Monthly Archives: October 2015
In Part I of this series, I talked about the changing sales environment and how more buyers are buying than being sold. As a result, salespeople need to dig deep into buying motives to establish credibility and provide new ideas and insights to buyers.
One of the techniques that I used in my 30-year career in sales, including 15 years as a senior vice president of sales in the IT services industry, was to conduct a targeted dialogue with buyers. I would start by asking them to tell me about their top ten customers:
What are the common themes among their largest customers? Why do their customers continue to buy from them? Is it because of long-standing relationships, customer service, speed to market, or any other specific advantage? On the negative side, what about the top ten customers that left to go with a competitor? Are there any common themes among those who are gone?
Even though most buyers could not give good answers about their customers, I was able to gain credibility and position myself as a business partner who could provide value.
For me, it’s all about research and sales preparation before meeting with buyers. First, you have to know where they’re coming from, what’s going on with their company, who their competitors are, what markets they’re actively going after, and what the common problems are associated with these markets. You have to learn so much about » Continue Reading.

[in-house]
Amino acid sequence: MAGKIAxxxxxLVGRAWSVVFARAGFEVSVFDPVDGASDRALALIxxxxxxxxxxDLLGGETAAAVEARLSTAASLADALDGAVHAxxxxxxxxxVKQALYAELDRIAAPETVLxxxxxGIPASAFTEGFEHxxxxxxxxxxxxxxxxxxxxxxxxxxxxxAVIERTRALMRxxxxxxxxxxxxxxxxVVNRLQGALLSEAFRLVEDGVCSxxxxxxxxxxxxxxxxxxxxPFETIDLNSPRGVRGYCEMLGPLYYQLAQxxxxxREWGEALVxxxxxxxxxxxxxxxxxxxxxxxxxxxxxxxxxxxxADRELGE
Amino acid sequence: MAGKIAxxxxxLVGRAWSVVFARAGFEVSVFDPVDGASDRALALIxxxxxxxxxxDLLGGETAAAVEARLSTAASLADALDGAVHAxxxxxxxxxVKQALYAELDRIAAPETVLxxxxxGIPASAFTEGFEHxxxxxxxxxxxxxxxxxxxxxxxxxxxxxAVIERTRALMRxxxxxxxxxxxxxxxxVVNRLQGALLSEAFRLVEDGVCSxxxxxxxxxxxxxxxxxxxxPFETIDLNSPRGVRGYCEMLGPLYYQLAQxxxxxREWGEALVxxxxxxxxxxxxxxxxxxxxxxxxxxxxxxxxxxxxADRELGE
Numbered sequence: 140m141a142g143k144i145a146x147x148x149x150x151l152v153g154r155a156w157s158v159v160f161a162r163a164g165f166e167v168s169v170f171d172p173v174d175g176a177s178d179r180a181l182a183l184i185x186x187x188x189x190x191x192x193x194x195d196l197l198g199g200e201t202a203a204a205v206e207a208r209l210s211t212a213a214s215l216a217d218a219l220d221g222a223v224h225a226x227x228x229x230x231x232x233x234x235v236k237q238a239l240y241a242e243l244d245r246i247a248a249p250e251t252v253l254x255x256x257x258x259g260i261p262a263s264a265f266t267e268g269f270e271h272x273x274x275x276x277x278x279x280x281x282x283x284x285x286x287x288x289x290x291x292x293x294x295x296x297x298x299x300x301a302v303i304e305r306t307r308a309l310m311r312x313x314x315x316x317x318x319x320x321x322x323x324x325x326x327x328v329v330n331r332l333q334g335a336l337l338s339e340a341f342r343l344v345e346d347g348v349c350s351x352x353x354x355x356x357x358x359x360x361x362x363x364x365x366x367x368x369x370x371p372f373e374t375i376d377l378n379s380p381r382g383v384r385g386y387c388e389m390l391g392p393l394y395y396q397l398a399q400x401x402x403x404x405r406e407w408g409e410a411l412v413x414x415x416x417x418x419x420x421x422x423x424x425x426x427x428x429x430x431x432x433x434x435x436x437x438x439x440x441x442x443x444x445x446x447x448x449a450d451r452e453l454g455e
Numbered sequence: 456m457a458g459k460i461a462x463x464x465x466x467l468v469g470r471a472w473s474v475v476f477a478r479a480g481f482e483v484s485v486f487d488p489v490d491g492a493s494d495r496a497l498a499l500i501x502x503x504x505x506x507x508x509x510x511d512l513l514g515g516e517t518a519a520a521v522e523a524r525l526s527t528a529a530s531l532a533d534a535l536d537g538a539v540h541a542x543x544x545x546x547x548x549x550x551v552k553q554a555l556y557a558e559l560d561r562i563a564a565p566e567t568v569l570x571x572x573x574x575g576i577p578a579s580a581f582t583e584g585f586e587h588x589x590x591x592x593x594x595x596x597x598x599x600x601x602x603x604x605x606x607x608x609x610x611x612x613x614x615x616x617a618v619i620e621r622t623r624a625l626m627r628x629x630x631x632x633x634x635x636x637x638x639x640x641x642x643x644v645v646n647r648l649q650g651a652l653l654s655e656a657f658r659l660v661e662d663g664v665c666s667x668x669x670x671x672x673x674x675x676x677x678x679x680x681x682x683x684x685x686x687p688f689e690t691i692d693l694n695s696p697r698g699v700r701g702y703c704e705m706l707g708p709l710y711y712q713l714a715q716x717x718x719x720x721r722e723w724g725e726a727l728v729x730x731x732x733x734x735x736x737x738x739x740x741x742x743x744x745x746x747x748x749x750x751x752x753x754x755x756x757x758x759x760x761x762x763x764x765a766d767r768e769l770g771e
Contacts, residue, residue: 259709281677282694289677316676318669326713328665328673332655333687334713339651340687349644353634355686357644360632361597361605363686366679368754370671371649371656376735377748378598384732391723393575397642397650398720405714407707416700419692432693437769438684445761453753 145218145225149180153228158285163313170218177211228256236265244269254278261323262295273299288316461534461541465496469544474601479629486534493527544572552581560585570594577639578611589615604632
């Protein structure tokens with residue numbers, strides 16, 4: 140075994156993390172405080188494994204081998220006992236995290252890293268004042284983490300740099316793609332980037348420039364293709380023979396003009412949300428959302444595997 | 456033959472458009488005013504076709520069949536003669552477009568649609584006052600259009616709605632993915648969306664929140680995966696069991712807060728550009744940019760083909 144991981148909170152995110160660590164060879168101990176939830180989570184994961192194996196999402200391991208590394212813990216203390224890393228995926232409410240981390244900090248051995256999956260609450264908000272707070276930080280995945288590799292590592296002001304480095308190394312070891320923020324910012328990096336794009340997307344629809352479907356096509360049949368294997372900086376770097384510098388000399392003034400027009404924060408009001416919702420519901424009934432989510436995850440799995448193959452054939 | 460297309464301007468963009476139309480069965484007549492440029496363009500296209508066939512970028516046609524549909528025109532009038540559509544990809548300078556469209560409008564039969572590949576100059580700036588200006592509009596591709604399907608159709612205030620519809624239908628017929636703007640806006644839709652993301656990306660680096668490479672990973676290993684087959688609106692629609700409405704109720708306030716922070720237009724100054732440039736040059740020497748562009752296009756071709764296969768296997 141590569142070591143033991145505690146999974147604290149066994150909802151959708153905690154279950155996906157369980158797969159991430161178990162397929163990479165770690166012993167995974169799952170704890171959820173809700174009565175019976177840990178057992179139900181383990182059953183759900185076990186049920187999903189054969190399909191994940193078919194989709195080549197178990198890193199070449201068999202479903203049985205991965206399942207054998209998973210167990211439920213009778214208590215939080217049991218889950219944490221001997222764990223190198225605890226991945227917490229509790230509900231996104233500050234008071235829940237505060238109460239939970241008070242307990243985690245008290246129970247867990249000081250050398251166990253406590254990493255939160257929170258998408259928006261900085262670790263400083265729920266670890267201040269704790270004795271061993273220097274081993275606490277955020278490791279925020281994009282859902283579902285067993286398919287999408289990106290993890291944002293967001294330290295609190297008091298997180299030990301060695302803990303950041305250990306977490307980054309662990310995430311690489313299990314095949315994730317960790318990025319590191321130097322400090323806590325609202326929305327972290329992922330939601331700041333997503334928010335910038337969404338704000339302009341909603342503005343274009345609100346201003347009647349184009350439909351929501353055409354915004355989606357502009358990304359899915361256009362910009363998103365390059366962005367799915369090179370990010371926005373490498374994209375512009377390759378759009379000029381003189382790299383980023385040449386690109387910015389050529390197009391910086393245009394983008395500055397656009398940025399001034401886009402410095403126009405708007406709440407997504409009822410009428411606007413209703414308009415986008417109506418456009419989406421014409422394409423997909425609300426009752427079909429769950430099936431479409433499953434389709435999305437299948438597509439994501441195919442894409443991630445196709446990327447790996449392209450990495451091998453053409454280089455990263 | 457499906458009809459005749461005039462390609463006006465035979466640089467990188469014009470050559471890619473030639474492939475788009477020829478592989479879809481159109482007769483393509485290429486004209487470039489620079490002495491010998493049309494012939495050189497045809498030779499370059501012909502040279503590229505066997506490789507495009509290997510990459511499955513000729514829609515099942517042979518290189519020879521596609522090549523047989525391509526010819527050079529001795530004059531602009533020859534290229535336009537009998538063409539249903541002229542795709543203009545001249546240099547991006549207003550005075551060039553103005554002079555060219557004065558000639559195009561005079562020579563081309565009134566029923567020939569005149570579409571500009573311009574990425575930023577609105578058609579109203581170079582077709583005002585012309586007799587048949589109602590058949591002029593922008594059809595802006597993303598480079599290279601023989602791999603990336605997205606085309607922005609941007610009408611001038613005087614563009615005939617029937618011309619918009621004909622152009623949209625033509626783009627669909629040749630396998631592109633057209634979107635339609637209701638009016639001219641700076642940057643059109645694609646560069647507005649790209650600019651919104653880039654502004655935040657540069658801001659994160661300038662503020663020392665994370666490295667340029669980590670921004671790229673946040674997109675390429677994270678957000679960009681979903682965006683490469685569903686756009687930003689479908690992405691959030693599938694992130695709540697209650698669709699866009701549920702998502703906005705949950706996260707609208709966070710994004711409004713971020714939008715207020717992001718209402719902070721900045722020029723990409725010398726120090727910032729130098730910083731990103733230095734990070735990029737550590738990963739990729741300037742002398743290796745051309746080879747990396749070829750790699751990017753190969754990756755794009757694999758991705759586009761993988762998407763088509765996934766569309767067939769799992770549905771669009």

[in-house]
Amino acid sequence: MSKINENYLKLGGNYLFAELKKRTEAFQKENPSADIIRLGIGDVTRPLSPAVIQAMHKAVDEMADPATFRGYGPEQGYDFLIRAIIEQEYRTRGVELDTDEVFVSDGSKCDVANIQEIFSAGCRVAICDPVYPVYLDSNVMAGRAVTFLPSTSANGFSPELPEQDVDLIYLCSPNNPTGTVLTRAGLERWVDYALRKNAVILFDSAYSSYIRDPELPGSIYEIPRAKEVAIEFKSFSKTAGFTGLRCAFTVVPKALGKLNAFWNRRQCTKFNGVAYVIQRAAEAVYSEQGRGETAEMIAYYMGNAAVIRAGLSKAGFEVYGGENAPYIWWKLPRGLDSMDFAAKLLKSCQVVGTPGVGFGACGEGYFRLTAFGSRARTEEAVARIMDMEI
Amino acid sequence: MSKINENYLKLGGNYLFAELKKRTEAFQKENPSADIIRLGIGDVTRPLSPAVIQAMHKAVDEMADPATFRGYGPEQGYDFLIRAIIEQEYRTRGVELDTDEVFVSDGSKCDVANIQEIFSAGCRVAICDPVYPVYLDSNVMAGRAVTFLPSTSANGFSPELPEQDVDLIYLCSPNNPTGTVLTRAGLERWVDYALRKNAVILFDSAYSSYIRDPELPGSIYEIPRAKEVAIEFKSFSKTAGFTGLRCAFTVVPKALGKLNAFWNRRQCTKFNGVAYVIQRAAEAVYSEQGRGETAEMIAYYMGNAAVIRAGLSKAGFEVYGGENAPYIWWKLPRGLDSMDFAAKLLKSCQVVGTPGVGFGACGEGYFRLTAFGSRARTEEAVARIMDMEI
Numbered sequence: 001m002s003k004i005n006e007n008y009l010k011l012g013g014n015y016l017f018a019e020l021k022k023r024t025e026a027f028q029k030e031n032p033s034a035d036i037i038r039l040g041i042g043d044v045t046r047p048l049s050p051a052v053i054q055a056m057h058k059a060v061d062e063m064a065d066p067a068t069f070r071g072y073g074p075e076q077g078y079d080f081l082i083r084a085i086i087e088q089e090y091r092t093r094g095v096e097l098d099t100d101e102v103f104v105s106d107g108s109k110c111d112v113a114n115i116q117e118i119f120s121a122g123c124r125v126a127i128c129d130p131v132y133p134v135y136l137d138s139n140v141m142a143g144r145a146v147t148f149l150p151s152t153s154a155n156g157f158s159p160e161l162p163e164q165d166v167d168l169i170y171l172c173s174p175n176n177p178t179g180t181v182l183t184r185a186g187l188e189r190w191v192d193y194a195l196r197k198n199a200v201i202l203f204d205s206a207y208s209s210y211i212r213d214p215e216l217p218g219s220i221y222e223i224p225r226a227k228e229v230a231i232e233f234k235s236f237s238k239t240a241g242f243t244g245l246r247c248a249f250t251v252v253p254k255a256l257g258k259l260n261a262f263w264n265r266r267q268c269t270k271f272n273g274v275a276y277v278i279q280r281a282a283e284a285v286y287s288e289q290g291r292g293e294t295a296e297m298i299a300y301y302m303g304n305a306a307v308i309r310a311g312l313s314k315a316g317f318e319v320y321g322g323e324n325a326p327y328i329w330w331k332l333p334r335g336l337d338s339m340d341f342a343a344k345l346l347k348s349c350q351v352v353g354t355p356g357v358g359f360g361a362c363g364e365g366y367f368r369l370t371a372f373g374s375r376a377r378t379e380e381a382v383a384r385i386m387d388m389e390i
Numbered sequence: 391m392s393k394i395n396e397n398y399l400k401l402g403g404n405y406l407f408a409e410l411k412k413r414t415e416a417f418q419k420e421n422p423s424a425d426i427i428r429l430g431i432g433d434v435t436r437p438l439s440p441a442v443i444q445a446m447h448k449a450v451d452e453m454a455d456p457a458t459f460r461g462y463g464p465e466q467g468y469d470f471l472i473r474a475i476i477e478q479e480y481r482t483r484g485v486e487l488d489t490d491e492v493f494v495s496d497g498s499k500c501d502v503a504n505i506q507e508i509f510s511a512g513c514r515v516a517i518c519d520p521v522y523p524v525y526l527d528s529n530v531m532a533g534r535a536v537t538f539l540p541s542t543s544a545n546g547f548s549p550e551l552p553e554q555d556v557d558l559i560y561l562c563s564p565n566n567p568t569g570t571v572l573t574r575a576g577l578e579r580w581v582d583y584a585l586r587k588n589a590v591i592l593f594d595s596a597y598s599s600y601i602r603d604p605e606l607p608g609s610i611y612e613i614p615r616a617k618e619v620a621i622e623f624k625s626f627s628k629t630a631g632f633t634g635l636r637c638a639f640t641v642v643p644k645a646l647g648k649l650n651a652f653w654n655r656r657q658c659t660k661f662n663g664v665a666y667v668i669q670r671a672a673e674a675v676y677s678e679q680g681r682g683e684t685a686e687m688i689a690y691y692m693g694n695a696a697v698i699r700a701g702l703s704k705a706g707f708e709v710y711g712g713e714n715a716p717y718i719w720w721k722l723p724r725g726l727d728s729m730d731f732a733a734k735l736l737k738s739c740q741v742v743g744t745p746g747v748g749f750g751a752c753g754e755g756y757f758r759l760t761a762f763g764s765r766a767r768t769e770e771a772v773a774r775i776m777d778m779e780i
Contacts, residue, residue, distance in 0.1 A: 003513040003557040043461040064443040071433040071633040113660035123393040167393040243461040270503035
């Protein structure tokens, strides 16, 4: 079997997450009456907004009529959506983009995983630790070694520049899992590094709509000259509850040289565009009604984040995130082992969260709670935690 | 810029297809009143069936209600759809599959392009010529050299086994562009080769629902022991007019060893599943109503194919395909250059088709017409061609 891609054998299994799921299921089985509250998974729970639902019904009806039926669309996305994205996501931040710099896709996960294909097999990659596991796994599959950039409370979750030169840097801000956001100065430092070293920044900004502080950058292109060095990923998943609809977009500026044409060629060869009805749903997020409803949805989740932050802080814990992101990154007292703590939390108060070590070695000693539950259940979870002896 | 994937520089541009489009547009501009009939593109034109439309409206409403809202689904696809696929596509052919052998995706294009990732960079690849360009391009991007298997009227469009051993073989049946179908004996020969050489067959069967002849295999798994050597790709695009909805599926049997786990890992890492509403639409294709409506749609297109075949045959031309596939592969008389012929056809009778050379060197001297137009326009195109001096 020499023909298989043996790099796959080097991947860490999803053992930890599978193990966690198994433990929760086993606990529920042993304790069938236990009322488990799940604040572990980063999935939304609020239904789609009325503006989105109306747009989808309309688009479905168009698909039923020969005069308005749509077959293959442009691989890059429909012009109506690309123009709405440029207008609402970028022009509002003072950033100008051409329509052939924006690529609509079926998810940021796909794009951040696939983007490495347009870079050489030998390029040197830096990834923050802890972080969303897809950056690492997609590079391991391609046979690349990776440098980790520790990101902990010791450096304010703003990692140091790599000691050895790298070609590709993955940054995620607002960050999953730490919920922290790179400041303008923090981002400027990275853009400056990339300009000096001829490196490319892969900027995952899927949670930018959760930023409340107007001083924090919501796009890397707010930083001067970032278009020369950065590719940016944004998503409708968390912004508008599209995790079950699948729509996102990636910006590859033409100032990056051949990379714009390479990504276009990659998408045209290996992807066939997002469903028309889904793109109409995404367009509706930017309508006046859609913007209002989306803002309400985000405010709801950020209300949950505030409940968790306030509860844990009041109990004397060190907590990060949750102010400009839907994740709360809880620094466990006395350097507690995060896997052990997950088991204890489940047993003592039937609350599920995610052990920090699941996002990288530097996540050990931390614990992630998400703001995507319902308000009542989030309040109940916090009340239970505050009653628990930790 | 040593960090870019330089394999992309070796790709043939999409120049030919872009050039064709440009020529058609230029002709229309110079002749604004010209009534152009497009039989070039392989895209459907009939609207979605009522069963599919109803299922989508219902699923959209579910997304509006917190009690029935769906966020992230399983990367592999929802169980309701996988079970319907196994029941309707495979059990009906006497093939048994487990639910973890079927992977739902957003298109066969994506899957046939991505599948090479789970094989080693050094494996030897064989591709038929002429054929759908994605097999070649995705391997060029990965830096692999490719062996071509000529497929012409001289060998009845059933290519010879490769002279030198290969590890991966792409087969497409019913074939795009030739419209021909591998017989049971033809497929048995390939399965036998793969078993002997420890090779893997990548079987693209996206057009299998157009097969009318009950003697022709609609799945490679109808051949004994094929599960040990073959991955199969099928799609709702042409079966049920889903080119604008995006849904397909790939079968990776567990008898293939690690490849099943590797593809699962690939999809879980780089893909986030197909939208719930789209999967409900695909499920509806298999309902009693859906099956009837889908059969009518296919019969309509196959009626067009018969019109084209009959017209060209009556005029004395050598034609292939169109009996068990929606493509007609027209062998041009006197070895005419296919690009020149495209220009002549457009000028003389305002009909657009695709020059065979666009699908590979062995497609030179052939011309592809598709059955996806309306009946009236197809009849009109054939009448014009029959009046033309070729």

In every sales training class that I facilitate, I start by telling participants that they may consider my background either lucky or unfortunate for them. That’s because I’m not a “professional” trainer. What I am is a professional salesperson, with 30 years of experience under my belt. The last 15 of those years were spent as a senior vice president of sales in the IT services industry.
With this background, I have witnessed just about every sales scenario imaginable. And because I was responsible for premier accounts — those that billed in the top 40 — I developed an expert ability to deal with large, complex sales with long buying cycles.
During my career, I have also witnessed dramatic changes in B2B selling, as the availability of information has created more sophisticated and informed buyers. In my sales days, customers relied on me to provide them with information. Now, customers want salespeople to validate information that they’ve discovered on their own.
The way I describe today’s selling environment is that “more buyers are buying than being sold.” We have all seen these numbers previously, but they are worth communicating again. According to SiriusDecisions, buyers now digitally complete 67% of their decision processes before ever contacting a salesperson. Forrester Research goes even further, citing that 60% to 90% of the buyer’s journey occurs before he/she ever engages a potential provider.
Another important change is the number of people involved » Continue Reading.
When we work with clients to create a common language and sales process, that’s just the start. A process by itself is just a process. It needs to be absorbed and put into practice. It needs to become part of day-to-day behaviors. It needs to be second nature.